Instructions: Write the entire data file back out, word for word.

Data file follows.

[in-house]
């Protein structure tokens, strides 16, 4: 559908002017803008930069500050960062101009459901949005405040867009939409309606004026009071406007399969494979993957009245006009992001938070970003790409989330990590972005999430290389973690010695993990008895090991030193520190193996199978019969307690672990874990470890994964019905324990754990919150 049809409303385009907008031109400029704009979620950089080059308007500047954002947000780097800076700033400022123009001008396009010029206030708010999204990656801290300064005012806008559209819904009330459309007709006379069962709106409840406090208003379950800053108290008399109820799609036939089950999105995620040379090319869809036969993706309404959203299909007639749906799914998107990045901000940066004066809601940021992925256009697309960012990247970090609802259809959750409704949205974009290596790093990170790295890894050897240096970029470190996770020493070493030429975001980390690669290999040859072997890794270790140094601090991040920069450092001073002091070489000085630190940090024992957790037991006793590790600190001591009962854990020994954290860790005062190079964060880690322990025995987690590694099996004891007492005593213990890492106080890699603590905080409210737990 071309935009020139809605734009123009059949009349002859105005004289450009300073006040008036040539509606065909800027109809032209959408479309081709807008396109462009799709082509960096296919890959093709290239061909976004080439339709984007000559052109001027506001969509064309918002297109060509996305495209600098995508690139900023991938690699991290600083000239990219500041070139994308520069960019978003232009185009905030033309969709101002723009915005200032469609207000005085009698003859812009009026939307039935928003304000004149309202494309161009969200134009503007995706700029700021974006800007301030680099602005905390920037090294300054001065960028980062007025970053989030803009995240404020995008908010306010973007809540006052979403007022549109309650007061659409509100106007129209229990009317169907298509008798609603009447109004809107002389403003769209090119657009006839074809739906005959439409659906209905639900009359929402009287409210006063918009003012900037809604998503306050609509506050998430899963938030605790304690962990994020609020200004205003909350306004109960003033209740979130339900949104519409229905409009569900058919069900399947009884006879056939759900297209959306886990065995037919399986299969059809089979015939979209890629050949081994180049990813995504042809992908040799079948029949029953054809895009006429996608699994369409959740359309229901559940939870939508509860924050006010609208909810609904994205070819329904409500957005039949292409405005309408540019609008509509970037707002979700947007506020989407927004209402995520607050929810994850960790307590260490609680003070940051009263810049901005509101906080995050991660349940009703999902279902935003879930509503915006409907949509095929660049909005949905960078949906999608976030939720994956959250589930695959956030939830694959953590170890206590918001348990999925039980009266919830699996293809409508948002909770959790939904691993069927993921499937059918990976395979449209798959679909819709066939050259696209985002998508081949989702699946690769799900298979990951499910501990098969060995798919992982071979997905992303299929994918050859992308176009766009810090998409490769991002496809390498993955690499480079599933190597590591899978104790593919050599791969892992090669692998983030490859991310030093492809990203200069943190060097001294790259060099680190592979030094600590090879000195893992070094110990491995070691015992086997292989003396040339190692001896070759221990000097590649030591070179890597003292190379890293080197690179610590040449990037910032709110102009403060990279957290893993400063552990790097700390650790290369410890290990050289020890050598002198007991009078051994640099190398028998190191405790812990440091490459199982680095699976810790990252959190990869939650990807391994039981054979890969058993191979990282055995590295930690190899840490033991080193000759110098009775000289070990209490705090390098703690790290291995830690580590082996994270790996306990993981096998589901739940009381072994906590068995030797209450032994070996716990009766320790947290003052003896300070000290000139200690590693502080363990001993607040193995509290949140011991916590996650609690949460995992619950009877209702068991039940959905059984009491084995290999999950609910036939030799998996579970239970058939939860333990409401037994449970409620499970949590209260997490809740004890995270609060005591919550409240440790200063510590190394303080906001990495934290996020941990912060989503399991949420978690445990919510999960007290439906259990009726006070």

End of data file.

[in-house]
């Protein structure tokens, strides 16, 4: 559908002017803008930069500050960062101009459901949005405040867009939409309606004026009071406007399969494979993957009245006009992001938070970003790409989330990590972005999430290389973690010695993990008895090991030193520190193996199978019969307690672990874990470890994964019905324990754990919150 049809409303385009907008031109400029704009979620950089080059308007500047954002947000780097800076700033400022123009001008396009010029206030708010999204990656801290300064005012806008559209819904009330459309007709006379069962709106409840406090208003379950800053108290008399109820799609036939089950999105995620040379090319869809036969993706309404959203299909007639749906799914998107990045901000940066004066809601940021992925256009697309960012990247970090609802259809959750409704949205974009290596790093990170790295890894050897240096970029470190996770020493070493030429975001980390690669290999040859072997890794270790140094601090991040920069450092001073002091070489000085630190940090024992957790037991006793590790600190001591009962854990020994954290860790005062190079964060880690322990025995987690590694099996004891007492005593213990890492106080890699603590905080409210737990 071309935009020139809605734009123009059949009349002859105005004289450009300073006040008036040539509606065909800027109809032209959408479309081709807008396109462009799709082509960096296919890959093709290239061909976004080439339709984007000559052109001027506001969509064309918002297109060509996305495209600098995508690139900023991938690699991290600083000239990219500041070139994308520069960019978003232009185009905030033309969709101002723009915005200032469609207000005085009698003859812009009026939307039935928003304000004149309202494309161009969200134009503007995706700029700021974006800007301030680099602005905390920037090294300054001065960028980062007025970053989030803009995240404020995008908010306010973007809540006052979403007022549109309650007061659409509100106007129209229990009317169907298509008798609603009447109004809107002389403003769209090119657009006839074809739906005959439409659906209905639900009359929402009287409210006063918009003012900037809604998503306050609509506050998430899963938030605790304690962990994020609020200004205003909350306004109960003033209740979130339900949104519409229905409009569900058919069900399947009884006879056939759900297209959306886990065995037919399986299969059809089979015939979209890629050949081994180049990813995504042809992908040799079948029949029953054809895009006429996608699994369409959740359309229901559940939870939508509860924050006010609208909810609904994205070819329904409500957005039949292409405005309408540019609008509509970037707002979700947007506020989407927004209402995520607050929810994850960790307590260490609680003070940051009263810049901005509101906080995050991660349940009703999902279902935003879930509503915006409907949509095929660049909005949905960078949906999608976030939720994956959250589930695959956030939830694959953590170890206590918001348990999925039980009266919830699996293809409508948002909770959790939904691993069927993921499937059918990976395979449209798959679909819709066939050259696209985002998508081949989702699946690769799900298979990951499910501990098969060995798919992982071979997905992303299929994918050859992308176009766009810090998409490769991002496809390498993955690499480079599933190597590591899978104790593919050599791969892992090669692998983030490859991310030093492809990203200069943190060097001294790259060099680190592979030094600590090879000195893992070094110990491995070691015992086997292989003396040339190692001896070759221990000097590649030591070179890597003292190379890293080197690179610590040449990037910032709110102009403060990279957290893993400063552990790097700390650790290369410890290990050289020890050598002198007991009078051994640099190398028998190191405790812990440091490459199982680095699976810790990252959190990869939650990807391994039981054979890969058993191979990282055995590295930690190899840490033991080193000759110098009775000289070990209490705090390098703690790290291995830690580590082996994270790996306990993981096998589901739940009381072994906590068995030797209450032994070996716990009766320790947290003052003896300070000290000139200690590693502080363990001993607040193995509290949140011991916590996650609690949460995992619950009877209702068991039940959905059984009491084995290999999950609910036939030799998996579970239970058939939860333990409401037994449970409620499970949590209260997490809740004890995270609060005591919550409240440790200063510590190394303080906001990495934290996020941990912060989503399991949420978690445990919510999960007290439906259990009726006070």